Lovely: A Great New Online Tool for Apartment Hunters

Most people don’t like apartment hunting – it’s tiring, frustrating, and time-consuming. It’s also stressful. Of course, progress has been made – apartment hunting in the twenty-first century is far easier than it was in hoary days of last century. Imagine apartment hunting in 1981 without the internet and cell phones. You’d have to use a newspaper to find listings, and then call the management office on a landline for information and an appointment. And without answering machine, keep on calling until someone picked up.  It was a slow, coordination-heavy process. You’d needed maps and a detailed schedules when you headed out to meet landlords – and if you were running late, tough luck. You missed your chance.

These days, though, with online apartment listings, comprehensive neighborhood reviews,  and Yelp and BBB reviews of management companies, making an informed apartment-renting decision has never been easier. Craigslist, Padmapper,, and a variety of other websites  help you browse openings, and making or changing appointments on the run is a snap with smart phones.  So, when My First Apartment was contacted by the makers of Lovely, the newest entry into the apartment-finding industry, I was a bit leery. After all, how much more helpful could another player in this field be?

Turns out, I was pleasantly surprised. Lovely is a real improvement over the others in the field. The way it works is pretty simple: it’s an aggregator of other online apartment listings, plopped onto an interactive map, so that you can easily search by neighborhood. You can also apply filters to your search, such as price, number of bedrooms, and so forth. When talking to Blake Pierson, the co-founder and CEO of Lovely, my first question was how the company’s website and app were different from that of Padmapper or Domu, which provide similar services. Pierson pointed out that Lovely was more user-friendly (which I found to be true), and that the company’s website is seamlessly integrated with the company’s app (which was released just this week).

The advantages of the seamless integration are obvious: when you’re at home, you can log on via your computer and conduct searches, but when you’re roaming about trying to locate a place, you can consult your phone to remind yourself where to go, you can search for new listing in that neighborhood, and you can contact landlords easily. Also, as Pierson pointed out, most of the new apartment listings are posted in the morning on weekdays – when most apartment hunters are at work. If you have the app installed on your phone, you can set up alarms to let you know when a fresh listing in your desired neighborhood and price range has cropped up – and then you can call immediately to set up a viewing, so you’re first in line for the great new place you just found.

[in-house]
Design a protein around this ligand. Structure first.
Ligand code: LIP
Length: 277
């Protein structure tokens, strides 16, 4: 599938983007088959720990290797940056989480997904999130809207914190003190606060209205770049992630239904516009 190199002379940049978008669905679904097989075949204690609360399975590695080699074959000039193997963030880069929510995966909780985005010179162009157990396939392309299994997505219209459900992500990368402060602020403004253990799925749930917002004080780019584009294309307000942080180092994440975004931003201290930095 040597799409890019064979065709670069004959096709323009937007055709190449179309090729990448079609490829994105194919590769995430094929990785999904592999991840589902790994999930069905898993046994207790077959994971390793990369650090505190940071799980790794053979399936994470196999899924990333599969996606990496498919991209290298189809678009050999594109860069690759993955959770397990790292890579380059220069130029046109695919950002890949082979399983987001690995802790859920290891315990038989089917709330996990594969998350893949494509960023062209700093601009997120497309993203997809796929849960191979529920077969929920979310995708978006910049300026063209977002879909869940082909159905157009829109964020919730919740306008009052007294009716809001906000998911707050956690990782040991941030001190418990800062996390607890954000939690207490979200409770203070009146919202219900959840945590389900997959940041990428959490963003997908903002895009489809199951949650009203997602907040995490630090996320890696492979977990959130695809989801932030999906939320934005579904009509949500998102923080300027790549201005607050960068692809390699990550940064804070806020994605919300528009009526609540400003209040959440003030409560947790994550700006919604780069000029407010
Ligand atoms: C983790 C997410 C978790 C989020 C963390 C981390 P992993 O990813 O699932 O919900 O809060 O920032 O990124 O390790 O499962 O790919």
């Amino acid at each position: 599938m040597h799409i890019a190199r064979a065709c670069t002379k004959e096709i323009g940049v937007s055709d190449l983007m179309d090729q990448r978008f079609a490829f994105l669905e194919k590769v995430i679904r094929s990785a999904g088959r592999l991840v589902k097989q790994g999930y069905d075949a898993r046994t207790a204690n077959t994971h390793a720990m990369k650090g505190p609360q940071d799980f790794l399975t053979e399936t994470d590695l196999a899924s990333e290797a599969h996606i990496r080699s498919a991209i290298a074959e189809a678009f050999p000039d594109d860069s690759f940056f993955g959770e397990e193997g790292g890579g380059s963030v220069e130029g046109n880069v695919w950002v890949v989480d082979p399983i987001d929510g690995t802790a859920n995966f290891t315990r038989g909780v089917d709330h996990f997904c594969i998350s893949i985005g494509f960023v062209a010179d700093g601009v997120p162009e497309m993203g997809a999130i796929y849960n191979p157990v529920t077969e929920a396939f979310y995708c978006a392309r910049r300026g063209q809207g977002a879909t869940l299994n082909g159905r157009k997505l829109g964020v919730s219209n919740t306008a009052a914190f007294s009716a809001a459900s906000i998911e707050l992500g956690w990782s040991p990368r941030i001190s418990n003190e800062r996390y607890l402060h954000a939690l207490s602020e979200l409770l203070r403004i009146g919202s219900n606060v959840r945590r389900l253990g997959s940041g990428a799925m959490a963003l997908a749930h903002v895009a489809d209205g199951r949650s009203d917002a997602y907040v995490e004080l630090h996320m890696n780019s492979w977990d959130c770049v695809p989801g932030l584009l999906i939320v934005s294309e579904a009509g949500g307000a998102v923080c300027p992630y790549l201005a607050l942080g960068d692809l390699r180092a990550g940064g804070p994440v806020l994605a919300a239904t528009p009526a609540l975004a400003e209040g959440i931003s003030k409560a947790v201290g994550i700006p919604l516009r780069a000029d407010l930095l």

Another neat features of Lovely is the ability to create a “renter’s resume,” in which you type in all your information – your employment status, your pets, your desired move-in date, etc. You’re able to keep this information collected in one place, and you can easily email it directly to potential landlords, thus demonstrating your seriousness and organizational skills. Additionally, Lovely’s favorites tab is very intuitive and user friendly – and the company tells you when a listing is no longer available, so you don’t waste your time trying to contact someone who’s already rented out their place.

So, while the services Lovely provides aren’t all that different from its competitors, Lovely does it better – the website and app run more smoothly, they’re more intuitive, and the alarm feature is a brilliant idea. All-in-all, I can recommend that our readers give Lovely a shot – it’s the easiest-to-use apartment-finding website-and-app combo I’ve found.

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Author My First Apartment

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Alex has rented in Minneapolis, Queens, Brooklyn, and now Chicago. He can kill rodents and roaches when required, and loves picture-hanging projects. If you're ever in town, give him a shout.

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Comments (1)

  1. Avatar Megan

    Looks like a great tool for apartment hunting. I know there are others but they weren’t that useful for me when I tried using them.